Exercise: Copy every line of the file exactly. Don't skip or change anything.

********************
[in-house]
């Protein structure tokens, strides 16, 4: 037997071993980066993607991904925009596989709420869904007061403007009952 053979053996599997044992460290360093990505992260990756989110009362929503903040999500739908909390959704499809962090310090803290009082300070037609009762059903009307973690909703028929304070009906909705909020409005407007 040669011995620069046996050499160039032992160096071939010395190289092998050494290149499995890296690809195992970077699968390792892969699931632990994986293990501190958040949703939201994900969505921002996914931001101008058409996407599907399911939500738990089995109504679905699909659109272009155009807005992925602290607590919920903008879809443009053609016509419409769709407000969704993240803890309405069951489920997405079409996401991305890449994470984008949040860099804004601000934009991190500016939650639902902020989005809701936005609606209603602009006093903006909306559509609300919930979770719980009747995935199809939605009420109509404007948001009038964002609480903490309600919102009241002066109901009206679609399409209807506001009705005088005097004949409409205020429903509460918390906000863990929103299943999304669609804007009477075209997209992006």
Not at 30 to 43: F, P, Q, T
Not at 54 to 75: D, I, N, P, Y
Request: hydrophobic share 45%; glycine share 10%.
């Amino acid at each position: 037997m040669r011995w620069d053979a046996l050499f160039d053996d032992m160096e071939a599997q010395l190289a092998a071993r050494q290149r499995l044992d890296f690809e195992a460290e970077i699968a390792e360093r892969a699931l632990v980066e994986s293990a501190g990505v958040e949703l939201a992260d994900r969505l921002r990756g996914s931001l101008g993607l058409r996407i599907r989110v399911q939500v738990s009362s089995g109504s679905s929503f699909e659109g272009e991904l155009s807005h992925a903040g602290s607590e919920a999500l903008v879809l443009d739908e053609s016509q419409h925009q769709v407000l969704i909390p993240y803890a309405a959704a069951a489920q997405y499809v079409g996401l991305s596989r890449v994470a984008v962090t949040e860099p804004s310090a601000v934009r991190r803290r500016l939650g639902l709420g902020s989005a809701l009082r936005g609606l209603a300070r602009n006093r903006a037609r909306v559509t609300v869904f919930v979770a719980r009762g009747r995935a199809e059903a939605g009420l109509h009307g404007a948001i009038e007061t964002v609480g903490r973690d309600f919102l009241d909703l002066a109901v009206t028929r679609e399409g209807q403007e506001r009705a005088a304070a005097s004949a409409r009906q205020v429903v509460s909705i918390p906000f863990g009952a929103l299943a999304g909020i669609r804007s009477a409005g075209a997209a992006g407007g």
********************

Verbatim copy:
[in-house]
């Protein structure tokens, strides 16, 4: 037997071993980066993607991904925009596989709420869904007061403007009952 053979053996599997044992460290360093990505992260990756989110009362929503903040999500739908909390959704499809962090310090803290009082300070037609009762059903009307973690909703028929304070009906909705909020409005407007 040669011995620069046996050499160039032992160096071939010395190289092998050494290149499995890296690809195992970077699968390792892969699931632990994986293990501190958040949703939201994900969505921002996914931001101008058409996407599907399911939500738990089995109504679905699909659109272009155009807005992925602290607590919920903008879809443009053609016509419409769709407000969704993240803890309405069951489920997405079409996401991305890449994470984008949040860099804004601000934009991190500016939650639902902020989005809701936005609606209603602009006093903006909306559509609300919930979770719980009747995935199809939605009420109509404007948001009038964002609480903490309600919102009241002066109901009206679609399409209807506001009705005088005097004949409409205020429903509460918390906000863990929103299943999304669609804007009477075209997209992006």
Not at 30 to 43: F, P, Q, T
Not at 54 to 75: D, I, N, P, Y
Request: hydrophobic share 45%; glycine share 10%.
């Amino acid at each position: 037997m040669r011995w620069d053979a046996l050499f160039d053996d032992m160096e071939a599997q010395l190289a092998a071993r050494q290149r499995l044992d890296f690809e195992a460290e970077i699968a390792e360093r892969a699931l632990v980066e994986s293990a501190g990505v958040e949703l939201a992260d994900r969505l921002r990756g996914s931001l101008g993607l058409r996407i599907r989110v399911q939500v738990s009362s089995g109504s679905s929503f699909e659109g272009e991904l155009s807005h992925a903040g602290s607590e919920a999500l903008v879809l443009d739908e053609s016509q419409h925009q769709v407000l969704i909390p993240y803890a309405a959704a069951a489920q997405y499809v079409g996401l991305s596989r890449v994470a984008v962090t949040e860099p804004s310090a601000v934009r991190r803290r500016l939650g639902l709420g902020s989005a809701l009082r936005g609606l209603a300070r602009n006093r903006a037609r909306v559509t609300v869904f919930v979770a719980r009762g009747r995935a199809e059903a939605g009420l109509h009307g404007a948001i009038e007061t964002v609480g903490r973690d309600f919102l009241d909703l002066a109901v009206t028929r679609e399409g209807q403007e506001r009705a005088a304070a005097s004949a409409r009906q205020v429903v509460s909705i918390p906000f863990g009952a929103l299943a999304g909020i669609r804007s009477a409005g075209a997209a992006g407007g």